The prehistoric era is considered to have ended with the development of writing, and with it, by definition, prehistoric music. "Ancient music" isthe name given to the music that followed. The "oldest known song" waswritten incuneiform, dating to 4,000 years ago from Ur. It wasdeciphered by Prof. Anne Draffkorn Kilmer (University of Calif. atBerkeley), and was demonstrated to be composed in harmonies of thirds,like ancient
, 1976,Bit Enki, Berkeley, Calif., LCC 76-16729), and also was written usingaPythagorean tuningof thediatonic scale.Double pipes, such as used by the ancient Greeks, and ancient bagpipes,as well as a review of ancient drawings on vases and walls, etc., andancient writings (such as in Aristotle,
Book XIX.12) whichdescribed musical techniques of the time, indicate polyphony. One pipein the aulos pairs (double flutes) likely served as adroneor "keynote,"while the other played melodic passages. Instruments, such as the sevenholed flute and various types of stringed instruments have beenrecovered from theIndus valley civilizationarchaeological sites.
) can be found from the scriptures of theHindutradition, theVedas.Samaveda, one of the four vedasdescribes music at length. The history of musical development in Iran[Persia]Persian music, dates back to the prehistoric era. The greatlegendary king, Jamshid, is credited with the invention of music. Musicin Iran can be traced back to the days of theElamite Empire(2,500-644B.C). Fragmentary documents from various periods of the country'shistory establish that the ancient Persians possessed an elaborate musicalculture. TheSassanianperiod (A.D. 226-651), in particular, has left usample evidence pointing to the existence of a lively musical life inPersia. The names of some important musicians such as Barbod, Nakissa and Ramtin, and titles of some of their works have survived.The termEarly musicera may also refer to contemporary but traditionalor folk music, includingAsian music,Persian music,music of India,Jewish music,Greek music,Roman music, themusic of Mesopotamia,themusic of Egypt, andMuslim music.
Early music is a general term used to describe music in the Europeanclassical tradition from after the fall of theRoman Empire, in476CE,until the end of theBaroque erain the middle of the18th century. Musicwithin this enormous span of time was extremely diverse, encompassingmultiple cultural traditions within a wide geographic area; many of thecultural groups out of which medieval Europe developed already hadmusical traditions, about which little is known. What unified thesecultures in the Middle Ages was theRoman Catholic Church, and itsmusic served as the focal point for musical development for the firstthousand years of this period. Very little non-Christian music from this period survived, due to its suppression by the Church and the absence of music notation; however, folk music of modern Europe probably hasroots at least as far back as the Middle Ages.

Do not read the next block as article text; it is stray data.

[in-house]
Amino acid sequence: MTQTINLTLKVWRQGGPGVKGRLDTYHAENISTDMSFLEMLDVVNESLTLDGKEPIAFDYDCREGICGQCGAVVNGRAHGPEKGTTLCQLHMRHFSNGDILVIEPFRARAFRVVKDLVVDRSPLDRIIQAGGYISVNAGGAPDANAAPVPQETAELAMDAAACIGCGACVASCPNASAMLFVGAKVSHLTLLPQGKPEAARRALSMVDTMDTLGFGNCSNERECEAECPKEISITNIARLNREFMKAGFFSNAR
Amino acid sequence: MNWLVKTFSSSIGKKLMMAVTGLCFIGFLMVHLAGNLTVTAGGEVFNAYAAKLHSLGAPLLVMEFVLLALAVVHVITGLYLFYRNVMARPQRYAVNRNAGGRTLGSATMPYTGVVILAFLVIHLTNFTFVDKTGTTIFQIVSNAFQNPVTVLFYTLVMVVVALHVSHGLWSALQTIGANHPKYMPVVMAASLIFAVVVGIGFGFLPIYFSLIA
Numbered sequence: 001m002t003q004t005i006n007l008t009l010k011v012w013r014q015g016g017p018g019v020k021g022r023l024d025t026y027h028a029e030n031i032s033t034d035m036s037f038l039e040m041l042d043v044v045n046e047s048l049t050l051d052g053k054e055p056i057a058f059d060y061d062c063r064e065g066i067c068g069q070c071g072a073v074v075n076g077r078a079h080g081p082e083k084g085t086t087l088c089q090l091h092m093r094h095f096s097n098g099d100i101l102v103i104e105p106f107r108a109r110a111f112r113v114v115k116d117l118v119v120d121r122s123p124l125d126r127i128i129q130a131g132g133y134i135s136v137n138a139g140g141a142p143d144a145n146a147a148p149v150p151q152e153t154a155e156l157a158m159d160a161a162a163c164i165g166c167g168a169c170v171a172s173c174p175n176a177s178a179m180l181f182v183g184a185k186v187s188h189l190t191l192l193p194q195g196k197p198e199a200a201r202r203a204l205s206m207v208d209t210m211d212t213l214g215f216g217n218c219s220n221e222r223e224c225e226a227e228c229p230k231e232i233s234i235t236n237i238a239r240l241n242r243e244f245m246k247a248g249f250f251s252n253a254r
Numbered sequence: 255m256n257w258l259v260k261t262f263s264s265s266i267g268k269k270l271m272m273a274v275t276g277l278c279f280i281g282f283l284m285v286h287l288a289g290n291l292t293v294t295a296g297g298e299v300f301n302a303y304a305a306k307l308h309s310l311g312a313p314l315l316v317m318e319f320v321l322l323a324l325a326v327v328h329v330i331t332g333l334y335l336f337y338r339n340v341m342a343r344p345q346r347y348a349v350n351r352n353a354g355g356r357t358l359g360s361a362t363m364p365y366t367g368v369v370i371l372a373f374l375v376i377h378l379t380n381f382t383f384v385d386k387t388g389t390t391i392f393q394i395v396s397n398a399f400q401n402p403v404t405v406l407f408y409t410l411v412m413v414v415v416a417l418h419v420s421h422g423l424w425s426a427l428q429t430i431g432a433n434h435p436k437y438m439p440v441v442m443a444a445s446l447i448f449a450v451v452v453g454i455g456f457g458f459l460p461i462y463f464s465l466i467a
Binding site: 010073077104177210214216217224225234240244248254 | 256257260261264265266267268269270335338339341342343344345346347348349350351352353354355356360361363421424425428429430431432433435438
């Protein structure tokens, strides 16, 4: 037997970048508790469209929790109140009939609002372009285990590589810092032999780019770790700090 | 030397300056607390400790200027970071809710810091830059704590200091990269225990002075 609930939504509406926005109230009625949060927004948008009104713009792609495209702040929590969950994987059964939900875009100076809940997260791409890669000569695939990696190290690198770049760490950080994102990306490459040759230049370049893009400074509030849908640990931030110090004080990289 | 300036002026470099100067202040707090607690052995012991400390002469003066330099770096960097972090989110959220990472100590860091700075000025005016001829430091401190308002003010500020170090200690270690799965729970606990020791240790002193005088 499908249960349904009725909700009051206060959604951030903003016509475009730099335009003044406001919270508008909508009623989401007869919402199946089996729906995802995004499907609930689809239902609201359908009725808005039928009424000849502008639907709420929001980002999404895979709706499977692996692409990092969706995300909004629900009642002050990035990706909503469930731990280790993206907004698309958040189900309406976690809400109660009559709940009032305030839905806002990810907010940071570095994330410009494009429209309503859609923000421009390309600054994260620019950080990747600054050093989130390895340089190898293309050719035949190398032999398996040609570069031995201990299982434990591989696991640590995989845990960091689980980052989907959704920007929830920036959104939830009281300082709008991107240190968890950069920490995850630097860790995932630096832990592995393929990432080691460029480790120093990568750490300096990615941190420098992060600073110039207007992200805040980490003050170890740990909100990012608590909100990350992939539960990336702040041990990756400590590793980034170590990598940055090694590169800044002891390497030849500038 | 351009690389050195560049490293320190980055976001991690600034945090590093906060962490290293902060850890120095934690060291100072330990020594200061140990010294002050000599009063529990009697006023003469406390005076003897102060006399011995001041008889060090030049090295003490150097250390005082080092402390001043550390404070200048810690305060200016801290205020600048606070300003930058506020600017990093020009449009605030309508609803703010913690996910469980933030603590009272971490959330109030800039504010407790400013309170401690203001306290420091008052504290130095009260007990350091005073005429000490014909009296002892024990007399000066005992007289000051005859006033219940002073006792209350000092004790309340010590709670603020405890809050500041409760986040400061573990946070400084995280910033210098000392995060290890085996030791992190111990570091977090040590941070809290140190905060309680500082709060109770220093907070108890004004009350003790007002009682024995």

While musical life was undoubtedly rich in the earlyMedievalera, asattested by artistic depictions of instruments, writings about music, andother records, the only repertory of music which has survived from before 800 to the present day is the plainsongliturgical music of theRoman Catholic Church, the largest part of which iscalledGregorian chant.Pope Gregory I, who gave his name to themusical repertory and may himself have been a composer, is usuallyclaimed to be the originator of the musical portion of the liturgy in its present form, though the sources giving details on his contribution datefrom more than a hundred years after his death. Many scholars believethat his reputation has been exaggerated by legend. Most of the chantrepertory was composed anonymously in the centuries between the timeof Gregory andCharlemagne.During the9th centuryseveral important developments took place. First,there was a major effort by the Church to unify the many chanttraditions, and suppress many of them in favor of the Gregorian liturgy.Second, the earliest polyphonicmusic was sung, a form of parallelsinging known asorganum. Third, and of greatest significance for musichistory,notationwas reinvented after a lapse of about five hundredyears, though it would be several more centuries before a system of pitchand rhythm notation evolved having the precision and flexibility thatmodern musicians take for granted.Several schools of polyphony flourished in the period after 1100: theSt.Martial schoolof organum, the music of which was often characterized by a swiftly moving part over a single sustained line; the Notre Dameschoolof polyphony, which included the composersLéoninandPérotin,and which produced the first music for more than two partsaround1200; the musical melting-pot of Santiago deCompostelainGalicia, a pilgrimage destination and site wheremusicians from many traditions came together in the late Middle Ages,the music of whom survives in theCodex Calixtinus; and the Englishschool, the music of which survives in theWorchester Fragmentsand